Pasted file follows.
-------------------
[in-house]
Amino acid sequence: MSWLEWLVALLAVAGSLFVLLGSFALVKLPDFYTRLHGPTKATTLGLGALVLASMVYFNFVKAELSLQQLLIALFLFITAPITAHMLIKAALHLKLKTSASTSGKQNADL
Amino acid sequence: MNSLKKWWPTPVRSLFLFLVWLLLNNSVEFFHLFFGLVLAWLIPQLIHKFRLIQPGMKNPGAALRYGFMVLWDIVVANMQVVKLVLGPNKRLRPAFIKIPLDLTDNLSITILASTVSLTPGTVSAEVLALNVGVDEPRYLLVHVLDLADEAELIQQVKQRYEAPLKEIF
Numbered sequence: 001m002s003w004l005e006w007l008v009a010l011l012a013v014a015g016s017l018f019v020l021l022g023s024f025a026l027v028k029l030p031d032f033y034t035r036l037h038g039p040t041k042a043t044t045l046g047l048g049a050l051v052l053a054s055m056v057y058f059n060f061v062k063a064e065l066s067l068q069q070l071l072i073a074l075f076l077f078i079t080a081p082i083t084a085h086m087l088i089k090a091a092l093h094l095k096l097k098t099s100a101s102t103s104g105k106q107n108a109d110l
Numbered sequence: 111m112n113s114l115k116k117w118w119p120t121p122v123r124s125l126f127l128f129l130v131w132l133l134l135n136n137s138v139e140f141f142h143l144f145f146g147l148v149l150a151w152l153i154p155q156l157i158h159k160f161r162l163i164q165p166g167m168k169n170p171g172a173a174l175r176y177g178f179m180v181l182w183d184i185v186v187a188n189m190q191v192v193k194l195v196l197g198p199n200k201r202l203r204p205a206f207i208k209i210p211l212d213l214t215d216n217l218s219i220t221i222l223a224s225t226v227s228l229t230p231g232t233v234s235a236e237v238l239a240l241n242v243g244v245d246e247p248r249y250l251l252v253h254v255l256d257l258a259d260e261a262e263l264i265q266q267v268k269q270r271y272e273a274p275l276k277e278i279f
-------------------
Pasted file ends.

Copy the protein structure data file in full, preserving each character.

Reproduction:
[in-house]
Amino acid sequence: MSWLEWLVALLAVAGSLFVLLGSFALVKLPDFYTRLHGPTKATTLGLGALVLASMVYFNFVKAELSLQQLLIALFLFITAPITAHMLIKAALHLKLKTSASTSGKQNADL
Amino acid sequence: MNSLKKWWPTPVRSLFLFLVWLLLNNSVEFFHLFFGLVLAWLIPQLIHKFRLIQPGMKNPGAALRYGFMVLWDIVVANMQVVKLVLGPNKRLRPAFIKIPLDLTDNLSITILASTVSLTPGTVSAEVLALNVGVDEPRYLLVHVLDLADEAELIQQVKQRYEAPLKEIF
Numbered sequence: 001m002s003w004l005e006w007l008v009a010l011l012a013v014a015g016s017l018f019v020l021l022g023s024f025a026l027v028k029l030p031d032f033y034t035r036l037h038g039p040t041k042a043t044t045l046g047l048g049a050l051v052l053a054s055m056v057y058f059n060f061v062k063a064e065l066s067l068q069q070l071l072i073a074l075f076l077f078i079t080a081p082i083t084a085h086m087l088i089k090a091a092l093h094l095k096l097k098t099s100a101s102t103s104g105k106q107n108a109d110l
Numbered sequence: 111m112n113s114l115k116k117w118w119p120t121p122v123r124s125l126f127l128f129l130v131w132l133l134l135n136n137s138v139e140f141f142h143l144f145f146g147l148v149l150a151w152l153i154p155q156l157i158h159k160f161r162l163i164q165p166g167m168k169n170p171g172a173a174l175r176y177g178f179m180v181l182w183d184i185v186v187a188n189m190q191v192v193k194l195v196l197g198p199n200k201r202l203r204p205a206f207i208k209i210p211l212d213l214t215d216n217l218s219i220t221i222l223a224s225t226v227s228l229t230p231g232t233v234s235a236e237v238l239a240l241n242v243g244v245d246e247p248r249y250l251l252v253h254v255l256d257l258a259d260e261a262e263l264i265q266q267v268k269q270r271y272e273a274p275l276k277e278i279f